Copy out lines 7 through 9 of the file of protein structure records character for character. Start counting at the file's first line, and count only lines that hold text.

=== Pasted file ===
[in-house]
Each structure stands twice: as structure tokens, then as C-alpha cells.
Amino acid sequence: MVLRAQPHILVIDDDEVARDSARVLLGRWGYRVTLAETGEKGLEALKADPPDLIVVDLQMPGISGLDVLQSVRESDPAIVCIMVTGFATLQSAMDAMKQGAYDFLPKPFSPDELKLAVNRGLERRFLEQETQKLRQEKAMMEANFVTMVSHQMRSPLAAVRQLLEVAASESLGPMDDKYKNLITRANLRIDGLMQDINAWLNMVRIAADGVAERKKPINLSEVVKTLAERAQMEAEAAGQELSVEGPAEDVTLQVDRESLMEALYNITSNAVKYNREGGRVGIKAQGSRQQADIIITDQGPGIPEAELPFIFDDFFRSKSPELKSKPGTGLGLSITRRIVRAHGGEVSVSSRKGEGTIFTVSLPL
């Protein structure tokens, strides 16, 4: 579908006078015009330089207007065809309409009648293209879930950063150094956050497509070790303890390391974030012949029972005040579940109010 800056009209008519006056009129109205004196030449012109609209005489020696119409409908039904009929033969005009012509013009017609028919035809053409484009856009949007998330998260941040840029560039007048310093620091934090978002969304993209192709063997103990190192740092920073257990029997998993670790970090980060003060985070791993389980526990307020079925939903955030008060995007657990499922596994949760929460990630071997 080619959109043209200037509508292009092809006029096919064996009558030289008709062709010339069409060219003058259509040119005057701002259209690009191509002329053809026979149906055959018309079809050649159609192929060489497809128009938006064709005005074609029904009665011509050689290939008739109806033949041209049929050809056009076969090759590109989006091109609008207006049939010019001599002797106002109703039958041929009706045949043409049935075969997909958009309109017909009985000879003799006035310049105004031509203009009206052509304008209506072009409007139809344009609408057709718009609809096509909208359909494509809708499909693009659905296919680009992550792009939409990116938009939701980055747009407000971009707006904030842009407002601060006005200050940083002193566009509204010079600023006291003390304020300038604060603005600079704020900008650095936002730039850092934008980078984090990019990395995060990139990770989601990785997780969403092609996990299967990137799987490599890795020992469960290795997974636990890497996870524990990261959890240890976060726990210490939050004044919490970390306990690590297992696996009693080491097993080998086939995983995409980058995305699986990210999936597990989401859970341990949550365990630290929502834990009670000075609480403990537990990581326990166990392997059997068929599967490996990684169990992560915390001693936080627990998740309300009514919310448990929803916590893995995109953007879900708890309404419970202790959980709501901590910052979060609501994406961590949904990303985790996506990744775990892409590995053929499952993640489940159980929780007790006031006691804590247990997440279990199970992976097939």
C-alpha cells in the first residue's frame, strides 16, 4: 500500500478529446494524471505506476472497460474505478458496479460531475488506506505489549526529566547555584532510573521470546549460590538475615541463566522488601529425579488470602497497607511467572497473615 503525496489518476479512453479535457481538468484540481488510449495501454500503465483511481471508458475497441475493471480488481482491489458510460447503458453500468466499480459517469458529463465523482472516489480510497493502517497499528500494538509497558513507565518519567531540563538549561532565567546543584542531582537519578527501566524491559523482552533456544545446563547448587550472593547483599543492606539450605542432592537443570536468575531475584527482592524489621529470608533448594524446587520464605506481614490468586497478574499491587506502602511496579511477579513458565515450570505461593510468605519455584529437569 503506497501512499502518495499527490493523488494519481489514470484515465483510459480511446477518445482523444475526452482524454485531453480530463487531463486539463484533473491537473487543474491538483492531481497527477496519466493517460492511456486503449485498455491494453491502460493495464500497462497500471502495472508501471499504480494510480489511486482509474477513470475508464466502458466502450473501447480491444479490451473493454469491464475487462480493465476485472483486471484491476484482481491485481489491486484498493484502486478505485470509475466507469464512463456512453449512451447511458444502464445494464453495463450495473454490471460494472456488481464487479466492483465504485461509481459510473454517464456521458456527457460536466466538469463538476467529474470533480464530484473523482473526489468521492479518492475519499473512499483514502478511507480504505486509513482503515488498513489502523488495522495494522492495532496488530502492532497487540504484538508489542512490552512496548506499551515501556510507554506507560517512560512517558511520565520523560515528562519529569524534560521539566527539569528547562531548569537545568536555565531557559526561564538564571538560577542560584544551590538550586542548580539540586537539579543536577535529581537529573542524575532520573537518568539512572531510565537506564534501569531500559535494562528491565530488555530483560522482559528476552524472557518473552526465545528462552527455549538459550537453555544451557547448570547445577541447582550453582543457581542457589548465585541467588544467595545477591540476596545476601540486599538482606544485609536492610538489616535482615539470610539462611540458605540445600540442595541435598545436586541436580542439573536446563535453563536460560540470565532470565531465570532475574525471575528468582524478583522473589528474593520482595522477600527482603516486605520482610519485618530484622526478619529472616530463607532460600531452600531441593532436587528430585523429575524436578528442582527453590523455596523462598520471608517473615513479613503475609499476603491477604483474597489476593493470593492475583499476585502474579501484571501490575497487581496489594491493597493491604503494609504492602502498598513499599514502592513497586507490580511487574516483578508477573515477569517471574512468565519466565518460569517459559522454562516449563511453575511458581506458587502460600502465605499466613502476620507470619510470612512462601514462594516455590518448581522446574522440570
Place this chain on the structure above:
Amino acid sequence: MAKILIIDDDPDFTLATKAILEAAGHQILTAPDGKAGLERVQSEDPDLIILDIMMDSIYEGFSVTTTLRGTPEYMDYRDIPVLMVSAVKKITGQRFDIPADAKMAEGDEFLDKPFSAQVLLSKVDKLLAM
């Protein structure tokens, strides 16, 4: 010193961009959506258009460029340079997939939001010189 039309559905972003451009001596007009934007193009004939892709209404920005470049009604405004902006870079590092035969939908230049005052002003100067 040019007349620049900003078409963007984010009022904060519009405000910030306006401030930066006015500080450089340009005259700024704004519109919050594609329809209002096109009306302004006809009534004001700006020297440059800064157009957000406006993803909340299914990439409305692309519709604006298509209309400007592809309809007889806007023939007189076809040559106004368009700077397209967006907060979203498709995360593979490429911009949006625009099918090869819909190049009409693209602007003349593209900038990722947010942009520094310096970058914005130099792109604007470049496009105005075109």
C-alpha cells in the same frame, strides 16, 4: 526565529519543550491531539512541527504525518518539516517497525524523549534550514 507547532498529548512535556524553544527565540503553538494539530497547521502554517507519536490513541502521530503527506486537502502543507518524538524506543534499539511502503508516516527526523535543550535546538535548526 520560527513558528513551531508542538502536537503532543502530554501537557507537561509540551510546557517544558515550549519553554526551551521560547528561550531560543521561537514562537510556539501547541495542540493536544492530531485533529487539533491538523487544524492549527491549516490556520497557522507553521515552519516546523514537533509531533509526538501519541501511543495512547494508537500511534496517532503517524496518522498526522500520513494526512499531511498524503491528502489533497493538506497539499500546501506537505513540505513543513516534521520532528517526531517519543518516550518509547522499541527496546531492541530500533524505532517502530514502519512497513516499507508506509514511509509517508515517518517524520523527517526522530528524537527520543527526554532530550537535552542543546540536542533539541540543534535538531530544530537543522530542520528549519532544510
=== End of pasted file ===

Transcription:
Amino acid sequence: MAKILIIDDDPDFTLATKAILEAAGHQILTAPDGKAGLERVQSEDPDLIILDIMMDSIYEGFSVTTTLRGTPEYMDYRDIPVLMVSAVKKITGQRFDIPADAKMAEGDEFLDKPFSAQVLLSKVDKLLAM
């Protein structure tokens, strides 16, 4: 010193961009959506258009460029340079997939939001010189 039309559905972003451009001596007009934007193009004939892709209404920005470049009604405004902006870079590092035969939908230049005052002003100067 040019007349620049900003078409963007984010009022904060519009405000910030306006401030930066006015500080450089340009005259700024704004519109919050594609329809209002096109009306302004006809009534004001700006020297440059800064157009957000406006993803909340299914990439409305692309519709604006298509209309400007592809309809007889806007023939007189076809040559106004368009700077397209967006907060979203498709995360593979490429911009949006625009099918090869819909190049009409693209602007003349593209900038990722947010942009520094310096970058914005130099792109604007470049496009105005075109």
C-alpha cells in the same frame, strides 16, 4: 526565529519543550491531539512541527504525518518539516517497525524523549534550514 507547532498529548512535556524553544527565540503553538494539530497547521502554517507519536490513541502521530503527506486537502502543507518524538524506543534499539511502503508516516527526523535543550535546538535548526 520560527513558528513551531508542538502536537503532543502530554501537557507537561509540551510546557517544558515550549519553554526551551521560547528561550531560543521561537514562537510556539501547541495542540493536544492530531485533529487539533491538523487544524492549527491549516490556520497557522507553521515552519516546523514537533509531533509526538501519541501511543495512547494508537500511534496517532503517524496518522498526522500520513494526512499531511498524503491528502489533497493538506497539499500546501506537505513540505513543513516534521520532528517526531517519543518516550518509547522499541527496546531492541530500533524505532517502530514502519512497513516499507508506509514511509509517508515517518517524520523527517526522530528524537527520543527526554532530550537535552542543546540536542533539541540543534535538531530544530537543522530542520528549519532544510